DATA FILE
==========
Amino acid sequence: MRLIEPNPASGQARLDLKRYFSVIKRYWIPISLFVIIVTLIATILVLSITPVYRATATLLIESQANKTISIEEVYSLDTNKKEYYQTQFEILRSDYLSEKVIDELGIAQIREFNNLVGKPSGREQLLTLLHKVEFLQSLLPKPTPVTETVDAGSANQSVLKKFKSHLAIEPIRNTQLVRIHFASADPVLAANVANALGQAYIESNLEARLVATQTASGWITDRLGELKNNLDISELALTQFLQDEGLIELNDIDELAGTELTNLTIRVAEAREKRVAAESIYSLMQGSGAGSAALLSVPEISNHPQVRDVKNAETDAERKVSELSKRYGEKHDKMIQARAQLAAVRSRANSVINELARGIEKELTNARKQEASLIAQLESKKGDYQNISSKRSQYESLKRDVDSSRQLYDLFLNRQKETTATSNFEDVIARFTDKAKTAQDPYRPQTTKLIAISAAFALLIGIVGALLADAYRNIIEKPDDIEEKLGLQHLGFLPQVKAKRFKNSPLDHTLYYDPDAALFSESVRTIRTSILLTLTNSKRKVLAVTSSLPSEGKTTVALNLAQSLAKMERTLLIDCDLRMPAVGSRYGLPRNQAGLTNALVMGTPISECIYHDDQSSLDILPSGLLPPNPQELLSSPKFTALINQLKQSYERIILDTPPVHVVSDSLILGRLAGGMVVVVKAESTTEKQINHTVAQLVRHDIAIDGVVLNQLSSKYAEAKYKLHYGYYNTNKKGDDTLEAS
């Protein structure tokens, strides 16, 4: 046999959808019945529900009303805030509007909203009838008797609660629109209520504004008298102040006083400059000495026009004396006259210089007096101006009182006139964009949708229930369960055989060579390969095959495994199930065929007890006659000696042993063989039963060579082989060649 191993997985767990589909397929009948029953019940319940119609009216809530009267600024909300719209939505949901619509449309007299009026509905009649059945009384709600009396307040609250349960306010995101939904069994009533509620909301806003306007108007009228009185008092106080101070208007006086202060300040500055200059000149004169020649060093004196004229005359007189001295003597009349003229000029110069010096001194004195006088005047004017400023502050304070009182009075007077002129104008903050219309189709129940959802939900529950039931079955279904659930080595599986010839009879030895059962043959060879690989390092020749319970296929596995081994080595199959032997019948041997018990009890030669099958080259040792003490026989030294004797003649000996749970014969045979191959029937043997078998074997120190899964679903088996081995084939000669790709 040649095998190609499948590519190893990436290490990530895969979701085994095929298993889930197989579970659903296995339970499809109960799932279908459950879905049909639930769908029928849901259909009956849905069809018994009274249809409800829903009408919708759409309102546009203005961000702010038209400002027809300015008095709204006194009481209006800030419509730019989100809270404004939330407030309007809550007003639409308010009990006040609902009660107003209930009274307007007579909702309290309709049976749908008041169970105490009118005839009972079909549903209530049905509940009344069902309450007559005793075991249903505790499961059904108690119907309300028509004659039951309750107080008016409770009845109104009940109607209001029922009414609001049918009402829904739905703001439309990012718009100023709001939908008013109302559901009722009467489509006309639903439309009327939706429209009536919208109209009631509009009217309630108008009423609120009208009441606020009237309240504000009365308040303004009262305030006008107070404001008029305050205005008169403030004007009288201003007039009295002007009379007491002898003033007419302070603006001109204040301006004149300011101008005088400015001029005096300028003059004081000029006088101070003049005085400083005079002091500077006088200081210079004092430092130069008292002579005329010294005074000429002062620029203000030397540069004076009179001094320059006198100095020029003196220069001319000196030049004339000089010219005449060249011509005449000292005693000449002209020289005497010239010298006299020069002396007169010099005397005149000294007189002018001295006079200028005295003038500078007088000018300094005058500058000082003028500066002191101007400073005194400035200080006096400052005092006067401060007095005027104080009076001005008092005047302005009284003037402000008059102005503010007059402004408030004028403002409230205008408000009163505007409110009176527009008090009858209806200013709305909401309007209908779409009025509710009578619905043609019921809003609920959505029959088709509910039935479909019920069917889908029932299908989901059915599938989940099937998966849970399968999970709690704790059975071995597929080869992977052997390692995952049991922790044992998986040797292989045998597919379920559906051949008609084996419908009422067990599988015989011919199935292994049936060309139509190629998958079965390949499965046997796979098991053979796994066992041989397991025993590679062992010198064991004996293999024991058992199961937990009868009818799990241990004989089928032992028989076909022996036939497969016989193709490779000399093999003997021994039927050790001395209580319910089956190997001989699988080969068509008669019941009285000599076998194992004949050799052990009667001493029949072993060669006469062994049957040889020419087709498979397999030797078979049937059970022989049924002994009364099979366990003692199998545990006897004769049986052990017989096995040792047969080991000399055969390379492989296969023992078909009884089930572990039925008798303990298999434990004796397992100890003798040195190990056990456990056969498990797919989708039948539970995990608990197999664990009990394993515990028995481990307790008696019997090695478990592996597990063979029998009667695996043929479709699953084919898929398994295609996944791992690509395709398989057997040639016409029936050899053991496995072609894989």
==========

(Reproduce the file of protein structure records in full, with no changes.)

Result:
Amino acid sequence: MRLIEPNPASGQARLDLKRYFSVIKRYWIPISLFVIIVTLIATILVLSITPVYRATATLLIESQANKTISIEEVYSLDTNKKEYYQTQFEILRSDYLSEKVIDELGIAQIREFNNLVGKPSGREQLLTLLHKVEFLQSLLPKPTPVTETVDAGSANQSVLKKFKSHLAIEPIRNTQLVRIHFASADPVLAANVANALGQAYIESNLEARLVATQTASGWITDRLGELKNNLDISELALTQFLQDEGLIELNDIDELAGTELTNLTIRVAEAREKRVAAESIYSLMQGSGAGSAALLSVPEISNHPQVRDVKNAETDAERKVSELSKRYGEKHDKMIQARAQLAAVRSRANSVINELARGIEKELTNARKQEASLIAQLESKKGDYQNISSKRSQYESLKRDVDSSRQLYDLFLNRQKETTATSNFEDVIARFTDKAKTAQDPYRPQTTKLIAISAAFALLIGIVGALLADAYRNIIEKPDDIEEKLGLQHLGFLPQVKAKRFKNSPLDHTLYYDPDAALFSESVRTIRTSILLTLTNSKRKVLAVTSSLPSEGKTTVALNLAQSLAKMERTLLIDCDLRMPAVGSRYGLPRNQAGLTNALVMGTPISECIYHDDQSSLDILPSGLLPPNPQELLSSPKFTALINQLKQSYERIILDTPPVHVVSDSLILGRLAGGMVVVVKAESTTEKQINHTVAQLVRHDIAIDGVVLNQLSSKYAEAKYKLHYGYYNTNKKGDDTLEAS
């Protein structure tokens, strides 16, 4: 046999959808019945529900009303805030509007909203009838008797609660629109209520504004008298102040006083400059000495026009004396006259210089007096101006009182006139964009949708229930369960055989060579390969095959495994199930065929007890006659000696042993063989039963060579082989060649 191993997985767990589909397929009948029953019940319940119609009216809530009267600024909300719209939505949901619509449309007299009026509905009649059945009384709600009396307040609250349960306010995101939904069994009533509620909301806003306007108007009228009185008092106080101070208007006086202060300040500055200059000149004169020649060093004196004229005359007189001295003597009349003229000029110069010096001194004195006088005047004017400023502050304070009182009075007077002129104008903050219309189709129940959802939900529950039931079955279904659930080595599986010839009879030895059962043959060879690989390092020749319970296929596995081994080595199959032997019948041997018990009890030669099958080259040792003490026989030294004797003649000996749970014969045979191959029937043997078998074997120190899964679903088996081995084939000669790709 040649095998190609499948590519190893990436290490990530895969979701085994095929298993889930197989579970659903296995339970499809109960799932279908459950879905049909639930769908029928849901259909009956849905069809018994009274249809409800829903009408919708759409309102546009203005961000702010038209400002027809300015008095709204006194009481209006800030419509730019989100809270404004939330407030309007809550007003639409308010009990006040609902009660107003209930009274307007007579909702309290309709049976749908008041169970105490009118005839009972079909549903209530049905509940009344069902309450007559005793075991249903505790499961059904108690119907309300028509004659039951309750107080008016409770009845109104009940109607209001029922009414609001049918009402829904739905703001439309990012718009100023709001939908008013109302559901009722009467489509006309639903439309009327939706429209009536919208109209009631509009009217309630108008009423609120009208009441606020009237309240504000009365308040303004009262305030006008107070404001008029305050205005008169403030004007009288201003007039009295002007009379007491002898003033007419302070603006001109204040301006004149300011101008005088400015001029005096300028003059004081000029006088101070003049005085400083005079002091500077006088200081210079004092430092130069008292002579005329010294005074000429002062620029203000030397540069004076009179001094320059006198100095020029003196220069001319000196030049004339000089010219005449060249011509005449000292005693000449002209020289005497010239010298006299020069002396007169010099005397005149000294007189002018001295006079200028005295003038500078007088000018300094005058500058000082003028500066002191101007400073005194400035200080006096400052005092006067401060007095005027104080009076001005008092005047302005009284003037402000008059102005503010007059402004408030004028403002409230205008408000009163505007409110009176527009008090009858209806200013709305909401309007209908779409009025509710009578619905043609019921809003609920959505029959088709509910039935479909019920069917889908029932299908989901059915599938989940099937998966849970399968999970709690704790059975071995597929080869992977052997390692995952049991922790044992998986040797292989045998597919379920559906051949008609084996419908009422067990599988015989011919199935292994049936060309139509190629998958079965390949499965046997796979098991053979796994066992041989397991025993590679062992010198064991004996293999024991058992199961937990009868009818799990241990004989089928032992028989076909022996036939497969016989193709490779000399093999003997021994039927050790001395209580319910089956190997001989699988080969068509008669019941009285000599076998194992004949050799052990009667001493029949072993060669006469062994049957040889020419087709498979397999030797078979049937059970022989049924002994009364099979366990003692199998545990006897004769049986052990017989096995040792047969080991000399055969390379492989296969023992078909009884089930572990039925008798303990298999434990004796397992100890003798040195190990056990456990056969498990797919989708039948539970995990608990197999664990009990394993515990028995481990307790008696019997090695478990592996597990063979029998009667695996043929479709699953084919898929398994295609996944791992690509395709398989057997040639016409029936050899053991496995072609894989």